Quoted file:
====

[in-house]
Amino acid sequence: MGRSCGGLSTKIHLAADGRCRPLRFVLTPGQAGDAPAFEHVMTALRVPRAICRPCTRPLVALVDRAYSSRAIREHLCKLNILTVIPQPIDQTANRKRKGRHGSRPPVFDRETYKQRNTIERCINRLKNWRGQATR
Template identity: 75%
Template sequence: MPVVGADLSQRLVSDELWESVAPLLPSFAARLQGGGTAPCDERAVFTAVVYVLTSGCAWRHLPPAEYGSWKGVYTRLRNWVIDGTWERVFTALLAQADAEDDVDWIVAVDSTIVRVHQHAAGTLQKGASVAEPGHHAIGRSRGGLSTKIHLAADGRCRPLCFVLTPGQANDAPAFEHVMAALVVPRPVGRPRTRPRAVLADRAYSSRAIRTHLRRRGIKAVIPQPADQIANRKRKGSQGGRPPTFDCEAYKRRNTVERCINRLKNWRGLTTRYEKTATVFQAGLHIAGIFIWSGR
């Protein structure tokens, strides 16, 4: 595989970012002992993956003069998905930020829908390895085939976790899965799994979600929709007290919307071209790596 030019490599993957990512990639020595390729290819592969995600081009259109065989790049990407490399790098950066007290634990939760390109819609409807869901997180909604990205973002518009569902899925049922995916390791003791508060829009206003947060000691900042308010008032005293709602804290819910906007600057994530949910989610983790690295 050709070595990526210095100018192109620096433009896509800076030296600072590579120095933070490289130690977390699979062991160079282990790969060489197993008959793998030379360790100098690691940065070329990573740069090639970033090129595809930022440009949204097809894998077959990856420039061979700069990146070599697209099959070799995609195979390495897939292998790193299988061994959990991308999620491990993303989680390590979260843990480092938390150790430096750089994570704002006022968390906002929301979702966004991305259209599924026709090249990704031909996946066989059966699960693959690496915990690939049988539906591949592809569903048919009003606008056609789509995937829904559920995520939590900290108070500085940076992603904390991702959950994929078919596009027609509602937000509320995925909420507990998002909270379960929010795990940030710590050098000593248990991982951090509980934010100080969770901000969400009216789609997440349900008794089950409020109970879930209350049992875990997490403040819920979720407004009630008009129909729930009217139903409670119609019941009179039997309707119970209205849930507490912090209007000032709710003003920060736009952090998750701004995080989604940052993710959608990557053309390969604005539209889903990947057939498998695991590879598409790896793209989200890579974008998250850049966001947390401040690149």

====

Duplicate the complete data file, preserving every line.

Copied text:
[in-house]
Amino acid sequence: MGRSCGGLSTKIHLAADGRCRPLRFVLTPGQAGDAPAFEHVMTALRVPRAICRPCTRPLVALVDRAYSSRAIREHLCKLNILTVIPQPIDQTANRKRKGRHGSRPPVFDRETYKQRNTIERCINRLKNWRGQATR
Template identity: 75%
Template sequence: MPVVGADLSQRLVSDELWESVAPLLPSFAARLQGGGTAPCDERAVFTAVVYVLTSGCAWRHLPPAEYGSWKGVYTRLRNWVIDGTWERVFTALLAQADAEDDVDWIVAVDSTIVRVHQHAAGTLQKGASVAEPGHHAIGRSRGGLSTKIHLAADGRCRPLCFVLTPGQANDAPAFEHVMAALVVPRPVGRPRTRPRAVLADRAYSSRAIRTHLRRRGIKAVIPQPADQIANRKRKGSQGGRPPTFDCEAYKRRNTVERCINRLKNWRGLTTRYEKTATVFQAGLHIAGIFIWSGR
């Protein structure tokens, strides 16, 4: 595989970012002992993956003069998905930020829908390895085939976790899965799994979600929709007290919307071209790596 030019490599993957990512990639020595390729290819592969995600081009259109065989790049990407490399790098950066007290634990939760390109819609409807869901997180909604990205973002518009569902899925049922995916390791003791508060829009206003947060000691900042308010008032005293709602804290819910906007600057994530949910989610983790690295 050709070595990526210095100018192109620096433009896509800076030296600072590579120095933070490289130690977390699979062991160079282990790969060489197993008959793998030379360790100098690691940065070329990573740069090639970033090129595809930022440009949204097809894998077959990856420039061979700069990146070599697209099959070799995609195979390495897939292998790193299988061994959990991308999620491990993303989680390590979260843990480092938390150790430096750089994570704002006022968390906002929301979702966004991305259209599924026709090249990704031909996946066989059966699960693959690496915990690939049988539906591949592809569903048919009003606008056609789509995937829904559920995520939590900290108070500085940076992603904390991702959950994929078919596009027609509602937000509320995925909420507990998002909270379960929010795990940030710590050098000593248990991982951090509980934010100080969770901000969400009216789609997440349900008794089950409020109970879930209350049992875990997490403040819920979720407004009630008009129909729930009217139903409670119609019941009179039997309707119970209205849930507490912090209007000032709710003003920060736009952090998750701004995080989604940052993710959608990557053309390969604005539209889903990947057939498998695991590879598409790896793209989200890579974008998250850049966001947390401040690149």